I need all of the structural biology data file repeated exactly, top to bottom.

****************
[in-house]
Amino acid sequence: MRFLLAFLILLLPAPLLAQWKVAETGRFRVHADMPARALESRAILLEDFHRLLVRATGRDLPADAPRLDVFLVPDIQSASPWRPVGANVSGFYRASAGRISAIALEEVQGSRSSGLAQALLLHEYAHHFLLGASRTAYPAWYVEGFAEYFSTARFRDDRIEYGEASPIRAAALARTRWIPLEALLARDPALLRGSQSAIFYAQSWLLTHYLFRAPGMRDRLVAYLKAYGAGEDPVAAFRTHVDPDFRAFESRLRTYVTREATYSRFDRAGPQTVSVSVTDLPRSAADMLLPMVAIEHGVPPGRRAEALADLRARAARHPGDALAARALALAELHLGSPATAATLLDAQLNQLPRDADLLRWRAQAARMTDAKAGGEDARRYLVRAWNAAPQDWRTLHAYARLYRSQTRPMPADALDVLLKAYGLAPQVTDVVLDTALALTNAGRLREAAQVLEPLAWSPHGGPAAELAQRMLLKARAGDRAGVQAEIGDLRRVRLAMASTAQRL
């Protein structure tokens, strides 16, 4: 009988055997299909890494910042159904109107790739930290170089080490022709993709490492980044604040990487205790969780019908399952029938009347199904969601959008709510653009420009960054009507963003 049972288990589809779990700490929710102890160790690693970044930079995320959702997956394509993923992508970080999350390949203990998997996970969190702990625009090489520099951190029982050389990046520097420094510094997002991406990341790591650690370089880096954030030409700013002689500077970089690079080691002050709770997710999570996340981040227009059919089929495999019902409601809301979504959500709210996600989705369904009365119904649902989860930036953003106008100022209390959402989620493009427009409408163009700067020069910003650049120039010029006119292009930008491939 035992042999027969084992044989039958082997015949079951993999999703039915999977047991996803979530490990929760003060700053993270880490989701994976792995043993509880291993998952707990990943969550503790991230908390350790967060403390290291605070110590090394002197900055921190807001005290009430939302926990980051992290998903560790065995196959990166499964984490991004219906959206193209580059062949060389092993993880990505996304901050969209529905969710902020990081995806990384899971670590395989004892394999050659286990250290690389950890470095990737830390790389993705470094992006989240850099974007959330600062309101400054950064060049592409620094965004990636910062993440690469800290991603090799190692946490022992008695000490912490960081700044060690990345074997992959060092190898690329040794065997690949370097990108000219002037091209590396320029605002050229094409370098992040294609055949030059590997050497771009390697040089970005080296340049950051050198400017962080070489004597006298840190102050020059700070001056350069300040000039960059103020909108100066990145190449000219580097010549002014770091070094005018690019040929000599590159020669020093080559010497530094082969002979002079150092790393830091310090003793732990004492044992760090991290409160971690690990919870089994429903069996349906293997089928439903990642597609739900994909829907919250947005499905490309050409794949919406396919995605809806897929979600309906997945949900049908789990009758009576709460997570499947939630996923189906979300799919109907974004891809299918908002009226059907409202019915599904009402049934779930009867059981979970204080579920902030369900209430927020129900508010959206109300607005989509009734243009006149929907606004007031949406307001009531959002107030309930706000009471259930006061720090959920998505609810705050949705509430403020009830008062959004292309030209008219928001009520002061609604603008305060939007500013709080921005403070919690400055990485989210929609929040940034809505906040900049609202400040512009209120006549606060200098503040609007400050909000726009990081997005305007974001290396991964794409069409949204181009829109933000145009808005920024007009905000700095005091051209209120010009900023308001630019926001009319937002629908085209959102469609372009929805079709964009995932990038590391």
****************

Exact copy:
[in-house]
Amino acid sequence: MRFLLAFLILLLPAPLLAQWKVAETGRFRVHADMPARALESRAILLEDFHRLLVRATGRDLPADAPRLDVFLVPDIQSASPWRPVGANVSGFYRASAGRISAIALEEVQGSRSSGLAQALLLHEYAHHFLLGASRTAYPAWYVEGFAEYFSTARFRDDRIEYGEASPIRAAALARTRWIPLEALLARDPALLRGSQSAIFYAQSWLLTHYLFRAPGMRDRLVAYLKAYGAGEDPVAAFRTHVDPDFRAFESRLRTYVTREATYSRFDRAGPQTVSVSVTDLPRSAADMLLPMVAIEHGVPPGRRAEALADLRARAARHPGDALAARALALAELHLGSPATAATLLDAQLNQLPRDADLLRWRAQAARMTDAKAGGEDARRYLVRAWNAAPQDWRTLHAYARLYRSQTRPMPADALDVLLKAYGLAPQVTDVVLDTALALTNAGRLREAAQVLEPLAWSPHGGPAAELAQRMLLKARAGDRAGVQAEIGDLRRVRLAMASTAQRL
């Protein structure tokens, strides 16, 4: 009988055997299909890494910042159904109107790739930290170089080490022709993709490492980044604040990487205790969780019908399952029938009347199904969601959008709510653009420009960054009507963003 049972288990589809779990700490929710102890160790690693970044930079995320959702997956394509993923992508970080999350390949203990998997996970969190702990625009090489520099951190029982050389990046520097420094510094997002991406990341790591650690370089880096954030030409700013002689500077970089690079080691002050709770997710999570996340981040227009059919089929495999019902409601809301979504959500709210996600989705369904009365119904649902989860930036953003106008100022209390959402989620493009427009409408163009700067020069910003650049120039010029006119292009930008491939 035992042999027969084992044989039958082997015949079951993999999703039915999977047991996803979530490990929760003060700053993270880490989701994976792995043993509880291993998952707990990943969550503790991230908390350790967060403390290291605070110590090394002197900055921190807001005290009430939302926990980051992290998903560790065995196959990166499964984490991004219906959206193209580059062949060389092993993880990505996304901050969209529905969710902020990081995806990384899971670590395989004892394999050659286990250290690389950890470095990737830390790389993705470094992006989240850099974007959330600062309101400054950064060049592409620094965004990636910062993440690469800290991603090799190692946490022992008695000490912490960081700044060690990345074997992959060092190898690329040794065997690949370097990108000219002037091209590396320029605002050229094409370098992040294609055949030059590997050497771009390697040089970005080296340049950051050198400017962080070489004597006298840190102050020059700070001056350069300040000039960059103020909108100066990145190449000219580097010549002014770091070094005018690019040929000599590159020669020093080559010497530094082969002979002079150092790393830091310090003793732990004492044992760090991290409160971690690990919870089994429903069996349906293997089928439903990642597609739900994909829907919250947005499905490309050409794949919406396919995605809806897929979600309906997945949900049908789990009758009576709460997570499947939630996923189906979300799919109907974004891809299918908002009226059907409202019915599904009402049934779930009867059981979970204080579920902030369900209430927020129900508010959206109300607005989509009734243009006149929907606004007031949406307001009531959002107030309930706000009471259930006061720090959920998505609810705050949705509430403020009830008062959004292309030209008219928001009520002061609604603008305060939007500013709080921005403070919690400055990485989210929609929040940034809505906040900049609202400040512009209120006549606060200098503040609007400050909000726009990081997005305007974001290396991964794409069409949204181009829109933000145009808005920024007009905000700095005091051209209120010009900023308001630019926001009319937002629908085209959102469609372009929805079709964009995932990038590391």